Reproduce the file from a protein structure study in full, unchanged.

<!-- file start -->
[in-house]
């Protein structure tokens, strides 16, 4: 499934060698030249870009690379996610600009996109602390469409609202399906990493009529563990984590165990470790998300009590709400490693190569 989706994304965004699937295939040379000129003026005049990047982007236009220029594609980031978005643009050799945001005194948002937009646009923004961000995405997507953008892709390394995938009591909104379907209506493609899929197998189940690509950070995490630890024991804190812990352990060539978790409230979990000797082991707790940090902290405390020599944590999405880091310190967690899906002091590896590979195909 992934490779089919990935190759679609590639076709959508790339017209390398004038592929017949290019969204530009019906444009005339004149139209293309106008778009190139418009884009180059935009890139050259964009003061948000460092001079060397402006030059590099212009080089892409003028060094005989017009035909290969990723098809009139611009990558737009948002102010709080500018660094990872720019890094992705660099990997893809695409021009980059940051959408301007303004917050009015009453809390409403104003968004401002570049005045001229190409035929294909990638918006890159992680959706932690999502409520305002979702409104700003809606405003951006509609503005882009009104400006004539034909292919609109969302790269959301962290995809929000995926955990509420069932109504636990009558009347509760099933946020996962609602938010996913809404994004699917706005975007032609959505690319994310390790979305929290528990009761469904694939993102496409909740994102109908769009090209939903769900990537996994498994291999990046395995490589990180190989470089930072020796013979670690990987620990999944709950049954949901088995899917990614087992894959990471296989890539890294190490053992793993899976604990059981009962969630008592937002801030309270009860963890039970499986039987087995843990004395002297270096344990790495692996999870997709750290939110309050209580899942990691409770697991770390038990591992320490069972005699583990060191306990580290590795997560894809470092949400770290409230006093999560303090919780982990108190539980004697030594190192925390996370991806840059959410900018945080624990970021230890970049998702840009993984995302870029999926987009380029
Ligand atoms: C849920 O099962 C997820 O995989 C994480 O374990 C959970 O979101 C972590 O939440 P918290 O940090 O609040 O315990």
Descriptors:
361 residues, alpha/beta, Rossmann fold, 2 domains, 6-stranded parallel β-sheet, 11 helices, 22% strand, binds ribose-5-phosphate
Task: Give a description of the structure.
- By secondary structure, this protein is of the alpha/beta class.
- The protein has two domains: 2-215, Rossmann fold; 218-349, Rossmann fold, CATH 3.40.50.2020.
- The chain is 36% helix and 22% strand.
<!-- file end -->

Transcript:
[in-house]
């Protein structure tokens, strides 16, 4: 499934060698030249870009690379996610600009996109602390469409609202399906990493009529563990984590165990470790998300009590709400490693190569 989706994304965004699937295939040379000129003026005049990047982007236009220029594609980031978005643009050799945001005194948002937009646009923004961000995405997507953008892709390394995938009591909104379907209506493609899929197998189940690509950070995490630890024991804190812990352990060539978790409230979990000797082991707790940090902290405390020599944590999405880091310190967690899906002091590896590979195909 992934490779089919990935190759679609590639076709959508790339017209390398004038592929017949290019969204530009019906444009005339004149139209293309106008778009190139418009884009180059935009890139050259964009003061948000460092001079060397402006030059590099212009080089892409003028060094005989017009035909290969990723098809009139611009990558737009948002102010709080500018660094990872720019890094992705660099990997893809695409021009980059940051959408301007303004917050009015009453809390409403104003968004401002570049005045001229190409035929294909990638918006890159992680959706932690999502409520305002979702409104700003809606405003951006509609503005882009009104400006004539034909292919609109969302790269959301962290995809929000995926955990509420069932109504636990009558009347509760099933946020996962609602938010996913809404994004699917706005975007032609959505690319994310390790979305929290528990009761469904694939993102496409909740994102109908769009090209939903769900990537996994498994291999990046395995490589990180190989470089930072020796013979670690990987620990999944709950049954949901088995899917990614087992894959990471296989890539890294190490053992793993899976604990059981009962969630008592937002801030309270009860963890039970499986039987087995843990004395002297270096344990790495692996999870997709750290939110309050209580899942990691409770697991770390038990591992320490069972005699583990060191306990580290590795997560894809470092949400770290409230006093999560303090919780982990108190539980004697030594190192925390996370991806840059959410900018945080624990970021230890970049998702840009993984995302870029999926987009380029
Ligand atoms: C849920 O099962 C997820 O995989 C994480 O374990 C959970 O979101 C972590 O939440 P918290 O940090 O609040 O315990």
Descriptors:
361 residues, alpha/beta, Rossmann fold, 2 domains, 6-stranded parallel β-sheet, 11 helices, 22% strand, binds ribose-5-phosphate
Task: Give a description of the structure.
- By secondary structure, this protein is of the alpha/beta class.
- The protein has two domains: 2-215, Rossmann fold; 218-349, Rossmann fold, CATH 3.40.50.2020.
- The chain is 36% helix and 22% strand.